Philippine Airlines (PAL) yesterday flew two Philippine eagles from their sanctuary in Davao to Singapore, via Manila, as part of the first international Philippine Eagle Loan Agreement between the governments of the Philippines (through the Department of Environment and Natural Resources) and Singapore (through Wildlife Reserves Singapore (WRS).
According to PAL spokesperson Ma. Cielo Villaluna, the two eagles named ‘Geothermica’ and ‘Sambisig’ -- aged 15 and 17, respectively -- are being loaned to WRS to hopefully encourage breeding while at Singapore, specifically at the Jurong Bird Park, one of the zoological facilities managed by WRS.
Villaluna said the Philippine Eagle Foundation (PEF) hopes that through the eagle loan program, the WRS can help secure a gene pool of the Philippine eagles for species conservation and as insurance against natural calamities that can wipe out the only captive Philippine Eagle population at the Philippine Eagle Center (PEC) in Malagos, Davao City. The PEF manages the PEC where both Geothermica and Sambisig were hatched and reared.
The preserved gene pool can also be critical in preservation efforts in case of health epidemics like the avian flu. Many of PEF’s eagles at the bird sanctuary have corporate sponsors: ‘Geothermica’, a male, is sponsored by Energy Development Corporation while ‘Sambisig’, a female, is sponsored by Dow Chemical Philippines. PAL is sponsor to another eagle named ‘Sinag’.
“Through the PAL Foundation, we are flying the loaned eagles to Singapore because we firmly believe in the eagle preservation advocacy of the PEF,” said PAL President and PEF Vice Chairman Jaime Bautista.
According to the PEF, Geothermica and Sambisig are at the prime age for breeding. They were previously paired with other eagles at the center but these attempts did not progress to natural pairing. Captive-bred eagles are said to be more resilient than those from the wild.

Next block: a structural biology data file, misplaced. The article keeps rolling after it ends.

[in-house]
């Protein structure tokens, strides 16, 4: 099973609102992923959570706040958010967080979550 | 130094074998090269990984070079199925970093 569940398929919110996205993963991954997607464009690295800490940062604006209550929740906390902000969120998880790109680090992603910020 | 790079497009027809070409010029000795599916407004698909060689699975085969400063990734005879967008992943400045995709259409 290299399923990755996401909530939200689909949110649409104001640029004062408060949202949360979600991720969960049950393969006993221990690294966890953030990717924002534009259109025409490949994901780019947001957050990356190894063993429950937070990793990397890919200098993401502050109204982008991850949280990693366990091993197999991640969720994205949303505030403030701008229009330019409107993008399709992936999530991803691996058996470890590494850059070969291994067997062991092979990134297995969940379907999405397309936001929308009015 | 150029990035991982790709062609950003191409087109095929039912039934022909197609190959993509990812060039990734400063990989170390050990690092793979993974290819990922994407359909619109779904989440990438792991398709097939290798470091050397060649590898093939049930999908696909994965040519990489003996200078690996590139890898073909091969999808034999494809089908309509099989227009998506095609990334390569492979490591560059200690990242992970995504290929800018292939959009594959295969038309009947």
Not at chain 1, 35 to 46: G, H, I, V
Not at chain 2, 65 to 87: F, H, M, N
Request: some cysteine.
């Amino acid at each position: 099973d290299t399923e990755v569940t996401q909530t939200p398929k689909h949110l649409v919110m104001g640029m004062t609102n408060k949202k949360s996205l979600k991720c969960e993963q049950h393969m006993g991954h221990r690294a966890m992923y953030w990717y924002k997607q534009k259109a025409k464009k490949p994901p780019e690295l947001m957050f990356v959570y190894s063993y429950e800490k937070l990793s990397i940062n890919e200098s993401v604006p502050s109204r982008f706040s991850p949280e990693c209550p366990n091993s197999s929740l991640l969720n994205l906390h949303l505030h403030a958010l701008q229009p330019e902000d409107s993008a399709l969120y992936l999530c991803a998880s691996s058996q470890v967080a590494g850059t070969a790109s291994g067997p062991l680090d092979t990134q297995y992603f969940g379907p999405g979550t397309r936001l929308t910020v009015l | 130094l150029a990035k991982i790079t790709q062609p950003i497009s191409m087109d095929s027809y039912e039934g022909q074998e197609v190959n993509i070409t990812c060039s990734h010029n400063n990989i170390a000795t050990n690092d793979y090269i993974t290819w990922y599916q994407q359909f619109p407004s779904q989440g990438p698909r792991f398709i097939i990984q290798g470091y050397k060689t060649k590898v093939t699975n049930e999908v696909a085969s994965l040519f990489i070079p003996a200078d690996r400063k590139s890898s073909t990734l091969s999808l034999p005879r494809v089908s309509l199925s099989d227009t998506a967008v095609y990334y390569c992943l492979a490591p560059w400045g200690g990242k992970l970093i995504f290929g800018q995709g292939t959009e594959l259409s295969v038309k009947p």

Meanwhile, the WRS, one of the world’s leading zoological institutions, has been supporting conservation efforts across Southeast Asia through wildlife research and awareness campaigns with over 50 wildlife conservation projects.
Villaluna said that while PAL has a long experience in flying animals, this is the first time that a critically endangered species is receiving special treatment. ‘Geothermica’ and ‘Sambisig’ flew on yesterday’s Davao-Manila (PR2808) and Manila-Singapore (PR507) PAL flights.
Mind you, they had passports that had two-year validity. Sambisig’s birth date is November 17, 2002 while Geothermica’s is January 7, 2004. Their stated birthplace -- Davao City and both had Filipino as nationality.
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Now that the renovation of the NAIA Terminal 2 is in full swing, passengers and airport workers will have to deal with some forms of inconvenience but Manila International Airport Authority (MIAA) general manager Ed Monreal assures these will all be worth it once the works are done.
Since renovation works begun as early as in September last year, Monreal said the past few months have been difficult for passengers as they have to deal with smaller spaces to move around due to board ups in certain area.
In addition, the temperature inside the building is also affected due to air ducts within board up areas that cannot be used.
Monreal is deeply apologizing to the public for the inconvenience that the project is causing. And while he is seeking for more patience and understanding, Monreal says with certainty that once the renovation is completed, it will be worth all the trouble and discomfort.
The situation particularly poses challenges since it is business as usual at the NAIA Terminal 2 despite ongoing works.
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